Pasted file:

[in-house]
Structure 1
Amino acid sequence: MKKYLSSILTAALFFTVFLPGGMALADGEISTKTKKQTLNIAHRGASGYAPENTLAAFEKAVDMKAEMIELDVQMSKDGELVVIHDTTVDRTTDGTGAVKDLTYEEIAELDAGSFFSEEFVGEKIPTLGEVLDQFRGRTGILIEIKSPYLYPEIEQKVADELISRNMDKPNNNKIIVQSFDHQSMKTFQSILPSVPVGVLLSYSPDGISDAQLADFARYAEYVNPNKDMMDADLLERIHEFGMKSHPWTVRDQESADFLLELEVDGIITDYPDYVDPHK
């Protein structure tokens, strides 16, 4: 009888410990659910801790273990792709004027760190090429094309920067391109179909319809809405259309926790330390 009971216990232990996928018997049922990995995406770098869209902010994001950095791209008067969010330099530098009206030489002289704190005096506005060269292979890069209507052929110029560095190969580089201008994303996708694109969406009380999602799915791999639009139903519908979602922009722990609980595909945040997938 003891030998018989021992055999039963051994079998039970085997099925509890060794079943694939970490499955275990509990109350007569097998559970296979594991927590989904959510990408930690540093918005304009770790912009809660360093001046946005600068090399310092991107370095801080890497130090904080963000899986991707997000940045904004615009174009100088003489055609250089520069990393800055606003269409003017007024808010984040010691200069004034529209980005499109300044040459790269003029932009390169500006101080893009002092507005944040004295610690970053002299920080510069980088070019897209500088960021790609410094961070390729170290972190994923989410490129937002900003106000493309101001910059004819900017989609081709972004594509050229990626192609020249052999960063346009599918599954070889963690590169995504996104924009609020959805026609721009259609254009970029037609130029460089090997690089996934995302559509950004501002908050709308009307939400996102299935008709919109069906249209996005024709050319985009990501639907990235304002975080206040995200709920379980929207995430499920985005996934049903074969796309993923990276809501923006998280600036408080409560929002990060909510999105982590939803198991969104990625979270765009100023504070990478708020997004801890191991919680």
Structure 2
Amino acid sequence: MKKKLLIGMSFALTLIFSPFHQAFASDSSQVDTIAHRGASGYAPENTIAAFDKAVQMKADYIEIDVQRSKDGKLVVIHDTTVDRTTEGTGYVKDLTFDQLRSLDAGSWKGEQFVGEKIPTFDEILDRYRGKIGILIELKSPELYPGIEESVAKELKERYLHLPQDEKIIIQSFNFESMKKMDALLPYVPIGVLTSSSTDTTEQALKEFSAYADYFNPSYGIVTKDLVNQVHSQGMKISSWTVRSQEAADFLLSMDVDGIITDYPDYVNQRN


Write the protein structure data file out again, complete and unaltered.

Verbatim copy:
[in-house]
Structure 1
Amino acid sequence: MKKYLSSILTAALFFTVFLPGGMALADGEISTKTKKQTLNIAHRGASGYAPENTLAAFEKAVDMKAEMIELDVQMSKDGELVVIHDTTVDRTTDGTGAVKDLTYEEIAELDAGSFFSEEFVGEKIPTLGEVLDQFRGRTGILIEIKSPYLYPEIEQKVADELISRNMDKPNNNKIIVQSFDHQSMKTFQSILPSVPVGVLLSYSPDGISDAQLADFARYAEYVNPNKDMMDADLLERIHEFGMKSHPWTVRDQESADFLLELEVDGIITDYPDYVDPHK
């Protein structure tokens, strides 16, 4: 009888410990659910801790273990792709004027760190090429094309920067391109179909319809809405259309926790330390 009971216990232990996928018997049922990995995406770098869209902010994001950095791209008067969010330099530098009206030489002289704190005096506005060269292979890069209507052929110029560095190969580089201008994303996708694109969406009380999602799915791999639009139903519908979602922009722990609980595909945040997938 003891030998018989021992055999039963051994079998039970085997099925509890060794079943694939970490499955275990509990109350007569097998559970296979594991927590989904959510990408930690540093918005304009770790912009809660360093001046946005600068090399310092991107370095801080890497130090904080963000899986991707997000940045904004615009174009100088003489055609250089520069990393800055606003269409003017007024808010984040010691200069004034529209980005499109300044040459790269003029932009390169500006101080893009002092507005944040004295610690970053002299920080510069980088070019897209500088960021790609410094961070390729170290972190994923989410490129937002900003106000493309101001910059004819900017989609081709972004594509050229990626192609020249052999960063346009599918599954070889963690590169995504996104924009609020959805026609721009259609254009970029037609130029460089090997690089996934995302559509950004501002908050709308009307939400996102299935008709919109069906249209996005024709050319985009990501639907990235304002975080206040995200709920379980929207995430499920985005996934049903074969796309993923990276809501923006998280600036408080409560929002990060909510999105982590939803198991969104990625979270765009100023504070990478708020997004801890191991919680």
Structure 2
Amino acid sequence: MKKKLLIGMSFALTLIFSPFHQAFASDSSQVDTIAHRGASGYAPENTIAAFDKAVQMKADYIEIDVQRSKDGKLVVIHDTTVDRTTEGTGYVKDLTFDQLRSLDAGSWKGEQFVGEKIPTFDEILDRYRGKIGILIELKSPELYPGIEESVAKELKERYLHLPQDEKIIIQSFNFESMKKMDALLPYVPIGVLTSSSTDTTEQALKEFSAYADYFNPSYGIVTKDLVNQVHSQGMKISSWTVRSQEAADFLLSMDVDGIITDYPDYVNQRN